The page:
To Paint the Inside of a Church

After Tarkovsky’s Andrei Rublev

 

Beneath the glamour of the pipe organ

there are bellows. Underneath the church

of the Grand Prince there’s the dour

obligation of immortality

as if it were the family business,

and preparation for an abiding name

exists like Latin classes.

 

Andrei is trying so hard

not to make a mark or a sound

but cannot help it—something unattached

to ego drives on this faith painting,

though the body that germinates

belief still throws such shade

he feels impelled to the crossroads

of yellow flowers buzzing

so full of bees that if this scene were shaken

upside down it would not be pollen

that trickles out but legs and wings.

 

Beneath the pipe organ’s glamour

there is a pit that breathes

and every tone must be mixed precisely.

 

Imagine the months and years

of painting the inside of a church

while others have their tongues cut out.

 

To paint the inside of a Russian church

dome in the fifteenth century

is to be the very sound of a bell.

 

A fire once started can take care of itself—

all it knows is eat.

It can clear a field so nicely.

This can be good or bad for us.

No rules call and there is no dialogue

with the conscience,

only giving things to fire and

allowing the instinctive eat.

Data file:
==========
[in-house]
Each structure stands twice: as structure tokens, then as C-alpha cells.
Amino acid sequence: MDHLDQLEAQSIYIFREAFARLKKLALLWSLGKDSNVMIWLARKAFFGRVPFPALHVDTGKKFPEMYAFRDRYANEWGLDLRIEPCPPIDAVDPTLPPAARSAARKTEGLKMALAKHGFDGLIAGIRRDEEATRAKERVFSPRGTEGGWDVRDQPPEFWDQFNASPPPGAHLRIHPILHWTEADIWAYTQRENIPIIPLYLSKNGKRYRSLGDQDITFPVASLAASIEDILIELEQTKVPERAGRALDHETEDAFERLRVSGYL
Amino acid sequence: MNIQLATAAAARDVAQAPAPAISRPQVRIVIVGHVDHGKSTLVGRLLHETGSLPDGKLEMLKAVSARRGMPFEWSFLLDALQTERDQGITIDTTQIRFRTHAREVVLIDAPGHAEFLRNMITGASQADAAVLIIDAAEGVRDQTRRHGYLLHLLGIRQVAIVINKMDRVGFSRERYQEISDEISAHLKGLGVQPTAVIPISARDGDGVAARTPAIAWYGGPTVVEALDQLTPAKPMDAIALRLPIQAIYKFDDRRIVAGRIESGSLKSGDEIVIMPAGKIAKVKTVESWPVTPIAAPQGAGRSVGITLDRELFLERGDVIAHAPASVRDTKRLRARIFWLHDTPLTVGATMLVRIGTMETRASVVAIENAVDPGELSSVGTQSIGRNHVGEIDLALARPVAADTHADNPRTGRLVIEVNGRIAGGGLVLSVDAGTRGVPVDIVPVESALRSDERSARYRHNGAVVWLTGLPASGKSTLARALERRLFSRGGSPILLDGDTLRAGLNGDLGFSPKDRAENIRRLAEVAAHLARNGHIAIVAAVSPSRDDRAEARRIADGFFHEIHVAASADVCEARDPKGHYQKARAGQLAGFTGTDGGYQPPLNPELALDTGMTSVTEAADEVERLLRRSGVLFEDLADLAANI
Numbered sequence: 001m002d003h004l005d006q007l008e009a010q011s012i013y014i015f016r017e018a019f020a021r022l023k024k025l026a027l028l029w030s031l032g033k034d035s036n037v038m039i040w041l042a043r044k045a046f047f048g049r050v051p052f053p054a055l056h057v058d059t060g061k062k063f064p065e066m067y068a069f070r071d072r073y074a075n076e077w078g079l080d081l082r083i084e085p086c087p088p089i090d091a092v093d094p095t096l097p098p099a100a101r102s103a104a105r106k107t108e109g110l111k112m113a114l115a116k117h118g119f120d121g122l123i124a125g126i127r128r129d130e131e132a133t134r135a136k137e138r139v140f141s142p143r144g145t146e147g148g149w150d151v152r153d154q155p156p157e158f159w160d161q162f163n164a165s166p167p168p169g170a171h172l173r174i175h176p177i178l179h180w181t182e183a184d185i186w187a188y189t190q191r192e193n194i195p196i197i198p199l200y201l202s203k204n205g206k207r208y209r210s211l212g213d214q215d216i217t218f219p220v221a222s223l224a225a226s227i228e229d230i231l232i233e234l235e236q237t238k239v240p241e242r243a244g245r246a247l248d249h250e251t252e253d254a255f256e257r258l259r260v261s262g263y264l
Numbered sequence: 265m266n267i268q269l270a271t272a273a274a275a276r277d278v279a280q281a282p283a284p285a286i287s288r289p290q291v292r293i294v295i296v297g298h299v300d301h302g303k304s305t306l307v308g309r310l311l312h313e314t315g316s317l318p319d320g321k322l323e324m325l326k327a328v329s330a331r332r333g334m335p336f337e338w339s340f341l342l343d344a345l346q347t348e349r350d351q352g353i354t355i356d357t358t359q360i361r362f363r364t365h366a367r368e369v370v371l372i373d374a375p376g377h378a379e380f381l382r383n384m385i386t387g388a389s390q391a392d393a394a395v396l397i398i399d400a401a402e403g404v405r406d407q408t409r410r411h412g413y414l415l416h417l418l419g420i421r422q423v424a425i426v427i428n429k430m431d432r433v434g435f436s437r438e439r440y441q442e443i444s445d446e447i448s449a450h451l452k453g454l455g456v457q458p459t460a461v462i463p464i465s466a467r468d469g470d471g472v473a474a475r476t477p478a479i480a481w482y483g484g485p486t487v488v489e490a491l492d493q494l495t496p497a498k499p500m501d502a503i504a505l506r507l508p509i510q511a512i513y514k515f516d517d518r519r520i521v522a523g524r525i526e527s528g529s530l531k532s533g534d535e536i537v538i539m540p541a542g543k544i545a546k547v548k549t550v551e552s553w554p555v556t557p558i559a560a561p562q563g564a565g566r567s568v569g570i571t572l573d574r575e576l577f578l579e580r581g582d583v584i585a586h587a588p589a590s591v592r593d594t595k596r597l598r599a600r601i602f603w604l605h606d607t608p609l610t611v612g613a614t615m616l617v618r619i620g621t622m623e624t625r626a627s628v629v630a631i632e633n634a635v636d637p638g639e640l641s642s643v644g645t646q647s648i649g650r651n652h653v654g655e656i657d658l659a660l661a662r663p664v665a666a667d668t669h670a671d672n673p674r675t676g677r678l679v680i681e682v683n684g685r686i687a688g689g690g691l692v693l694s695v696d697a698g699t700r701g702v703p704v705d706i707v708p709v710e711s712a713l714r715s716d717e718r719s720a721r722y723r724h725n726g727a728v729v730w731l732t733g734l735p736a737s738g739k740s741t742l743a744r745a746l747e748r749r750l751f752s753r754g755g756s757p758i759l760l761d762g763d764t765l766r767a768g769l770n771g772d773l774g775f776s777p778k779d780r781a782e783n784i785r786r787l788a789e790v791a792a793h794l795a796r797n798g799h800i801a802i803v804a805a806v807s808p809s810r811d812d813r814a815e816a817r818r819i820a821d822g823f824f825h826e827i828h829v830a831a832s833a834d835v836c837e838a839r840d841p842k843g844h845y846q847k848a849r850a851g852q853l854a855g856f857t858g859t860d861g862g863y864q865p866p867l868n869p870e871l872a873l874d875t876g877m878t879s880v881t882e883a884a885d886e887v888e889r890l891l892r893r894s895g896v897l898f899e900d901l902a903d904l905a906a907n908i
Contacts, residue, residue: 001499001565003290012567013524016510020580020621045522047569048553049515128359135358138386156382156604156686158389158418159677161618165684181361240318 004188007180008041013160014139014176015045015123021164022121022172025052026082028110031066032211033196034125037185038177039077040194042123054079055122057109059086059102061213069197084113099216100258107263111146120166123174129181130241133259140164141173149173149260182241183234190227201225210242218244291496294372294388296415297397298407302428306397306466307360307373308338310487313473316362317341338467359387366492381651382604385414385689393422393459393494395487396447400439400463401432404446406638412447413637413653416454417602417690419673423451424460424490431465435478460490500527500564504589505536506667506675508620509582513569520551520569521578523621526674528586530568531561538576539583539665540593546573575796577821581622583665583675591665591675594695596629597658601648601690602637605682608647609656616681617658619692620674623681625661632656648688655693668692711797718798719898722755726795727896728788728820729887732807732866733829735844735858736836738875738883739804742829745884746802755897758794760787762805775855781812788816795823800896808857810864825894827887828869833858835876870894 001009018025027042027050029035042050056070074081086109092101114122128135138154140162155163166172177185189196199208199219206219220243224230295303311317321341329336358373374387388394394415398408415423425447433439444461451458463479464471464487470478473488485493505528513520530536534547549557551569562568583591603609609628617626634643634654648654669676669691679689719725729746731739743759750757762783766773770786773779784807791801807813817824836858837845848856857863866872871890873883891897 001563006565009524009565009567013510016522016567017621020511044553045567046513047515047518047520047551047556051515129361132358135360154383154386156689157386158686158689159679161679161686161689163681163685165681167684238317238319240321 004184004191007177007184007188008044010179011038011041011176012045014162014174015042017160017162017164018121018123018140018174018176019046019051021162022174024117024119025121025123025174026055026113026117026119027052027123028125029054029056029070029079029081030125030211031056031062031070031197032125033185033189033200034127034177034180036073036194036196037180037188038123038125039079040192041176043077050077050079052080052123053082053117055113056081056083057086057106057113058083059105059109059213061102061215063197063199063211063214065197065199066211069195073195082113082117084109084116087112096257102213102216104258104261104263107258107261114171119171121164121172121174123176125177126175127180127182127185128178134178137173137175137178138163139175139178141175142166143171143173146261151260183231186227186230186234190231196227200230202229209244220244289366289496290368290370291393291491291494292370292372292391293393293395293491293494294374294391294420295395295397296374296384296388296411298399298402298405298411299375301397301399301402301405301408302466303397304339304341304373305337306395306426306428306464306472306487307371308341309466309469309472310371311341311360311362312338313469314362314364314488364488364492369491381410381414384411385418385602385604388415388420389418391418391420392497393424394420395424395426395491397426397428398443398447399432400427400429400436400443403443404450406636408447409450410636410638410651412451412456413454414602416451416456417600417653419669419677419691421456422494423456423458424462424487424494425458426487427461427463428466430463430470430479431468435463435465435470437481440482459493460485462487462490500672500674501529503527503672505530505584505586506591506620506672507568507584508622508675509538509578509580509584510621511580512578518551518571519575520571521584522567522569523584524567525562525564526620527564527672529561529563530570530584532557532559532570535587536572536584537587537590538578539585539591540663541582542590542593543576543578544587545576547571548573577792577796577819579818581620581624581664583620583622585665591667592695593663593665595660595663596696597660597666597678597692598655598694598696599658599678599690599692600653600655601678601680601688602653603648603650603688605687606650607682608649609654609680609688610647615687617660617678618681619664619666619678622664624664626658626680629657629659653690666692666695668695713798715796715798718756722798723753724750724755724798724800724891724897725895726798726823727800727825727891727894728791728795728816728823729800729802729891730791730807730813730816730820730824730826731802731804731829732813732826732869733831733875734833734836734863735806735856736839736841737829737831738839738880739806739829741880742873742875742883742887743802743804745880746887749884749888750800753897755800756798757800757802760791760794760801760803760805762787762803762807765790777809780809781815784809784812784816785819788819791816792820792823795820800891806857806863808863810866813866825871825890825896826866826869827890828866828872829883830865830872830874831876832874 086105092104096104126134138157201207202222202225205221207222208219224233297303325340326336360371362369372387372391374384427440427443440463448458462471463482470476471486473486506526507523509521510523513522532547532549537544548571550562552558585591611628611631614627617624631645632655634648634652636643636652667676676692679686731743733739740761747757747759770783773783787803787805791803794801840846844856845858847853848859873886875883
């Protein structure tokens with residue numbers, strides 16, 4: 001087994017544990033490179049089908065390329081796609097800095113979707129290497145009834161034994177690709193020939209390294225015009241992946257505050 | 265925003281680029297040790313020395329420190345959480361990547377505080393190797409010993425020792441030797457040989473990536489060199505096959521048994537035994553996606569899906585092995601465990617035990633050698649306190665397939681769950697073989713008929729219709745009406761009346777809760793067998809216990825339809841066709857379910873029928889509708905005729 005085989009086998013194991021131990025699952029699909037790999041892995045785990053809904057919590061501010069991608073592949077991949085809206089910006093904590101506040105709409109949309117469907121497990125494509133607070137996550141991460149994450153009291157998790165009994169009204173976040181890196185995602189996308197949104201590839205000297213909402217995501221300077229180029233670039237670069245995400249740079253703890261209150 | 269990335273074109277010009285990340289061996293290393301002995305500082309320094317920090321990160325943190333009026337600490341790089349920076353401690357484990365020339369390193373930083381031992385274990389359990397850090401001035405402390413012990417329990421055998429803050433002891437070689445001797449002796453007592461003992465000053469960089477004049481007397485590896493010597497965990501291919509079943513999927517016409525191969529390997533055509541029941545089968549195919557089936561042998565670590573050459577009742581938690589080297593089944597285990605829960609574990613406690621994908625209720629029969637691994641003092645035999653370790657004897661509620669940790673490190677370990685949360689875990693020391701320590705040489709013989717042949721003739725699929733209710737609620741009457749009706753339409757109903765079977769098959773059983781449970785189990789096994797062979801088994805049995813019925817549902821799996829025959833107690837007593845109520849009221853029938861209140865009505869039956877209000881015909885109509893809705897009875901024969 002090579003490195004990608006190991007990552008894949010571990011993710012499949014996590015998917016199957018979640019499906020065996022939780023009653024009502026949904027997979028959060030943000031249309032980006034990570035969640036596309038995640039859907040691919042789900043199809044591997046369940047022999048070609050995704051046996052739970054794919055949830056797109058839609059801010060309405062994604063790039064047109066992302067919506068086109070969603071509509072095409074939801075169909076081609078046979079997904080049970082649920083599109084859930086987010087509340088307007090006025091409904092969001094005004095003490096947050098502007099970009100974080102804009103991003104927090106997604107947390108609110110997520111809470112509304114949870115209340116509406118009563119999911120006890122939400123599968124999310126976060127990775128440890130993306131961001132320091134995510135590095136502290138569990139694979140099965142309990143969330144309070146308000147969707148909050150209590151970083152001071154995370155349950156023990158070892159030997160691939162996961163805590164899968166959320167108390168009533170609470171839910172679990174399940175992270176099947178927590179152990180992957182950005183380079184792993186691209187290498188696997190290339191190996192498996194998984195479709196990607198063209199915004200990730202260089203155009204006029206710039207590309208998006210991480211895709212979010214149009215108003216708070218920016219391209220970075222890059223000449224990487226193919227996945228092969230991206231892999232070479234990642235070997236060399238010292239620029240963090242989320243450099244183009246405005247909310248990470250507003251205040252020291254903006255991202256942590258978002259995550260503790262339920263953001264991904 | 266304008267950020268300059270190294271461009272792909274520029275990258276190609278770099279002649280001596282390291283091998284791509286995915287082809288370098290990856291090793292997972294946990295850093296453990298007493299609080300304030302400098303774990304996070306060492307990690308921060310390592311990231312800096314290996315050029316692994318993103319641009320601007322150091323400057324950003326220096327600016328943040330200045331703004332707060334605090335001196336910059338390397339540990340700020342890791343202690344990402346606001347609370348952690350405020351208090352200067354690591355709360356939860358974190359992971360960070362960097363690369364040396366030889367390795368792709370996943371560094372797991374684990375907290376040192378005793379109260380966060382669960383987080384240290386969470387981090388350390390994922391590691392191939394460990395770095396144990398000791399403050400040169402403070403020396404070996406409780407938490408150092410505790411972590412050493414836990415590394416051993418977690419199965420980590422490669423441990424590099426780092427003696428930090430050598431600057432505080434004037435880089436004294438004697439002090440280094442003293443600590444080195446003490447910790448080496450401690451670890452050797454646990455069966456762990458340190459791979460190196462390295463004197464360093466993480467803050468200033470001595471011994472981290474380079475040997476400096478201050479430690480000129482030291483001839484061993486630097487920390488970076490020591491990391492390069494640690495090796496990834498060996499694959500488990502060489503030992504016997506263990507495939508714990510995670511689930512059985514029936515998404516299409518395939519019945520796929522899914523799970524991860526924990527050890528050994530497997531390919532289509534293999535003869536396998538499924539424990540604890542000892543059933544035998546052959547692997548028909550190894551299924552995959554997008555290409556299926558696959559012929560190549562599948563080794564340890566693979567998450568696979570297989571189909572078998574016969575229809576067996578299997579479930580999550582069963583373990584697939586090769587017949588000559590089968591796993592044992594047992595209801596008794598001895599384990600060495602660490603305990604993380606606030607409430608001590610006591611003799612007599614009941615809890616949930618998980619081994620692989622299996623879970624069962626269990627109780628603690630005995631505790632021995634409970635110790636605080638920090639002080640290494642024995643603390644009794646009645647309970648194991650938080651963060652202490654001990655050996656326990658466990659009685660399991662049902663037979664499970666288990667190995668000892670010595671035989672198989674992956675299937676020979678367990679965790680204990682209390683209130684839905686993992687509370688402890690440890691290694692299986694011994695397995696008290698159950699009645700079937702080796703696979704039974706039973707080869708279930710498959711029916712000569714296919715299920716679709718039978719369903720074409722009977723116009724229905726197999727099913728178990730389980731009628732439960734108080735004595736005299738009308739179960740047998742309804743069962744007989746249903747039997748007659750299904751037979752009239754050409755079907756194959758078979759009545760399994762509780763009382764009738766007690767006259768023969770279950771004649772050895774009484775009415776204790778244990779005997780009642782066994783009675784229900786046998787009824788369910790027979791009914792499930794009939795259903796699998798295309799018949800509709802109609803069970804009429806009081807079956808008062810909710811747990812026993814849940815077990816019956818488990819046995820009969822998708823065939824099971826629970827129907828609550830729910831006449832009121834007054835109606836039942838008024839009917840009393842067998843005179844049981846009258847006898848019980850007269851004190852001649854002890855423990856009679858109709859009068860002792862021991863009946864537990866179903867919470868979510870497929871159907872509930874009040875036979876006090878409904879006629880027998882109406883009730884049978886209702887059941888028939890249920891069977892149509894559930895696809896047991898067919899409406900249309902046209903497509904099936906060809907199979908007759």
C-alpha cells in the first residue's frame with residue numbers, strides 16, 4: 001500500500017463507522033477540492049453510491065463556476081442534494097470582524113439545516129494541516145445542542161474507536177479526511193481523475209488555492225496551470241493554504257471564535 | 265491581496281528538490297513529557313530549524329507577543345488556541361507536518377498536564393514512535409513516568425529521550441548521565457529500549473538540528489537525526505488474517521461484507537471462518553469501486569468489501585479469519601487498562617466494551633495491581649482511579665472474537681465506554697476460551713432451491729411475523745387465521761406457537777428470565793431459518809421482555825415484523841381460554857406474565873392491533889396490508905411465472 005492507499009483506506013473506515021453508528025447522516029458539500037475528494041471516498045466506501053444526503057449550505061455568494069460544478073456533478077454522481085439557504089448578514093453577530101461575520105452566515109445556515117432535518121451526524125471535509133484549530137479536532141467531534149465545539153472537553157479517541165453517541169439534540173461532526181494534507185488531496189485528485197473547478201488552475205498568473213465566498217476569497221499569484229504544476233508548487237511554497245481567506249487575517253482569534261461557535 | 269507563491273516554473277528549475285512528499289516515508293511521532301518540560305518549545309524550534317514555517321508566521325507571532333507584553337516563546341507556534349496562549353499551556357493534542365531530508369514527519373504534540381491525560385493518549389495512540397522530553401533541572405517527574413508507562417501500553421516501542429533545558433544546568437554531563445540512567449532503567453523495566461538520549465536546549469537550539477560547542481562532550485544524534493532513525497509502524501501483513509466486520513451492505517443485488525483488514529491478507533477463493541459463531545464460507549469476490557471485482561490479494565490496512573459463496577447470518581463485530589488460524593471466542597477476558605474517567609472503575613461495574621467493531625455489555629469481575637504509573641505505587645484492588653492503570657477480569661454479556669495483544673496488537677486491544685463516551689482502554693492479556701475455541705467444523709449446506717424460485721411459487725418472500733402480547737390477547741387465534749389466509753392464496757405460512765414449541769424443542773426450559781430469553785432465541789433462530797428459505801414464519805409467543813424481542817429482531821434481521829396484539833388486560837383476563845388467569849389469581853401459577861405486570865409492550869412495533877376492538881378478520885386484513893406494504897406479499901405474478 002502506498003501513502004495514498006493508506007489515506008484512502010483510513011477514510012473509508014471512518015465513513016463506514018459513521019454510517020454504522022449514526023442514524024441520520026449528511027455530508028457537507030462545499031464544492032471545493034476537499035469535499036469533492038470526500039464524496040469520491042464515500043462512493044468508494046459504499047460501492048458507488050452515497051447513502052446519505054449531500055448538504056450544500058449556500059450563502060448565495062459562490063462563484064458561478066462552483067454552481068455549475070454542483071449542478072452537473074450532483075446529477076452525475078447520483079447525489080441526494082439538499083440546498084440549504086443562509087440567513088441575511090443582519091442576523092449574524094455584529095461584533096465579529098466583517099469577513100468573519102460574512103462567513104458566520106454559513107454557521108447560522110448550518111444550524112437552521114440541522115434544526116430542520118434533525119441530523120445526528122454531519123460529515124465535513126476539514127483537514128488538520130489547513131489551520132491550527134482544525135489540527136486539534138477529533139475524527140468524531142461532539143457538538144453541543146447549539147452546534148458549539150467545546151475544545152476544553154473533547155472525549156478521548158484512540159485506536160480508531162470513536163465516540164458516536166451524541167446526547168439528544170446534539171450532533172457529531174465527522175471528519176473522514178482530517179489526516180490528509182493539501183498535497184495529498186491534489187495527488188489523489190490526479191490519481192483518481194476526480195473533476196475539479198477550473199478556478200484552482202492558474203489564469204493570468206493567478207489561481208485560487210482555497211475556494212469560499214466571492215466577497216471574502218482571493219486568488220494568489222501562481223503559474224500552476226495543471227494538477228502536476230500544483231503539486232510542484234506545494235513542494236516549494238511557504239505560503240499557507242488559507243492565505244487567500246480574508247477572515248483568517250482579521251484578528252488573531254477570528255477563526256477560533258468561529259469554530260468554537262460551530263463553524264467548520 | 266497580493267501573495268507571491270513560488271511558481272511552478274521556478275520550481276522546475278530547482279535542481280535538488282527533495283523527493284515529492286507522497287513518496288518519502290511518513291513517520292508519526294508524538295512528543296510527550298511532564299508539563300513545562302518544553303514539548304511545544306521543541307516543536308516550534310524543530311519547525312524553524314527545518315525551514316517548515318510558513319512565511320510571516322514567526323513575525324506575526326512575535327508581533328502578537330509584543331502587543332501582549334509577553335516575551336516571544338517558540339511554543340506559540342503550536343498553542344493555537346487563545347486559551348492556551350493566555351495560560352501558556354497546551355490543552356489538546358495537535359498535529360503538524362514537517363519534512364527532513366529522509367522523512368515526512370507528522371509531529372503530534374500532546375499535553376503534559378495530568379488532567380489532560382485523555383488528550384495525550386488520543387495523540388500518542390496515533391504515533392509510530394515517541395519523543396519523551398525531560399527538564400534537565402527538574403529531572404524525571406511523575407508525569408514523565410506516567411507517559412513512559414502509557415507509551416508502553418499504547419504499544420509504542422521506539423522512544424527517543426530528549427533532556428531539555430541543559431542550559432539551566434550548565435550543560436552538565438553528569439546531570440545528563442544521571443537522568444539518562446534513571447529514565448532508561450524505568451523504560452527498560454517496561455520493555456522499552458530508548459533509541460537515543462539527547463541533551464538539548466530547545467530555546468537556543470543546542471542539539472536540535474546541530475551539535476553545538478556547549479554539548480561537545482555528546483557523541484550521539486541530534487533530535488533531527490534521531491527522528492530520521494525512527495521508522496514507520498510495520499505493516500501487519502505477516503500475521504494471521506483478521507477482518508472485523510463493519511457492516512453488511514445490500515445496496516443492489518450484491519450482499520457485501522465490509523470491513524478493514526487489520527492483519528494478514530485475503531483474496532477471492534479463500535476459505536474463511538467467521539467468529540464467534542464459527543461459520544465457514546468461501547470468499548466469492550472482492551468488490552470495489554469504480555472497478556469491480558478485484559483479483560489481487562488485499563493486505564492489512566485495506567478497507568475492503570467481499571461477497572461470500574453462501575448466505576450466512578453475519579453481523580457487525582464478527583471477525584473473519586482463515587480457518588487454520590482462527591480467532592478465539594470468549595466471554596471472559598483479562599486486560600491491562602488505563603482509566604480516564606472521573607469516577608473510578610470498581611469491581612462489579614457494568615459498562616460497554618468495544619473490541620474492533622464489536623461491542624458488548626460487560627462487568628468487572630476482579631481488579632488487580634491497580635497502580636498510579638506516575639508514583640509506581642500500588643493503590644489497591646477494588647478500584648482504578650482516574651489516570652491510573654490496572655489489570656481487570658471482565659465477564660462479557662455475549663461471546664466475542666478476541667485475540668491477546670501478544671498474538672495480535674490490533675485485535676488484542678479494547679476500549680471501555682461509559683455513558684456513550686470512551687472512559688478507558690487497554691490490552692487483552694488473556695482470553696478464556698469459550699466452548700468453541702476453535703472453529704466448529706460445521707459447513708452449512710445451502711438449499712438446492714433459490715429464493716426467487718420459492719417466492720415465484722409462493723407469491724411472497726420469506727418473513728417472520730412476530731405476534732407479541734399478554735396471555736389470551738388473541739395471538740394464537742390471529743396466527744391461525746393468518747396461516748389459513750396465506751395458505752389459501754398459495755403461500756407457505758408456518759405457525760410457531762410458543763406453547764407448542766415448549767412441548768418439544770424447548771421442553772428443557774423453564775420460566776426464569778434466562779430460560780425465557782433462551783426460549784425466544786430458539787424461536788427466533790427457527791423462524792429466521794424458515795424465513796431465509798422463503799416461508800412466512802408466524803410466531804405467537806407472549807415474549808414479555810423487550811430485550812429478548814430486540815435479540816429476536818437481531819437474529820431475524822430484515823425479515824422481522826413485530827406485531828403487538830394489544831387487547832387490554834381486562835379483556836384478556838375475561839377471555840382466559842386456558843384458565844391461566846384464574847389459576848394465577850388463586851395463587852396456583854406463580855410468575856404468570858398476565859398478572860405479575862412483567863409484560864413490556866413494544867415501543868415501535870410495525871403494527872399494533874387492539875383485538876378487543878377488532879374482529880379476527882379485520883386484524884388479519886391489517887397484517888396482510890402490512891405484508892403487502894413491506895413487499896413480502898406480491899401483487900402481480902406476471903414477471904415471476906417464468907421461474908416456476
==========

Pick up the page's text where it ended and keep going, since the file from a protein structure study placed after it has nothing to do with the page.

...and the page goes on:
Andrei did not approve of how the pagan

woman loved but I think she won.

 

To live inside a church

whose walls you paint

is to live a life of scaffolds.

His shroud is a bell.

His cloak is a bell,

feet bells and all the violence

 

he sees is a tonal gradation

towards the most splendid red—

one forever repeated blow

and its resonance.

 

 

 

At the Bergman Museum

Fårö, Sweden.

 

The lightning is concerned with a secret

affair far off in the unlit Baltic.

Only the rain comes home.

 

Tracking down the road, my bicycle, my eye,

past the Viking huts with their weird antennae,

I am riding a lightning conductor away

from a museum about a recluse.

 

If it were not for the storm I may have had time

to visit the grave, but now perhaps this cloud is Bergman.

 

In the museum the rooms are red. Red is for cinema,

and inside of the head. Above us, flying nightdresses—

invisible children suspended, they’ve taken their final leap

into the afterlife. They are still here, but are now ghosts

made of non-water; or they’re a memory returned, animated

unintentionally.

 

There are many rooms, frames. We make them

move by passing through and remembering our own sequences.

 

When the storm breaks I’m in a bus shelter at Sudersand

and the rain is full and clean like ice-melt. It makes me thirsty.

I’m cold. I don a black shirt printed with those grey runes hidden

like magic keys across this island.

 

Artists should be mindful: never trust a memory with an heirloom,

unless at night from Gotland’s shore, ghosts stream across

the waterway to Fårö … For if Ingmar’s films broke

 

into his dreams and, as he said, sat at the base

of his soul, maturing comfortably like mighty cheeses,

perhaps now he haunts the work right back.

 

What meets eyes that gaze at such a light?

Exoskeletons in the tiny night.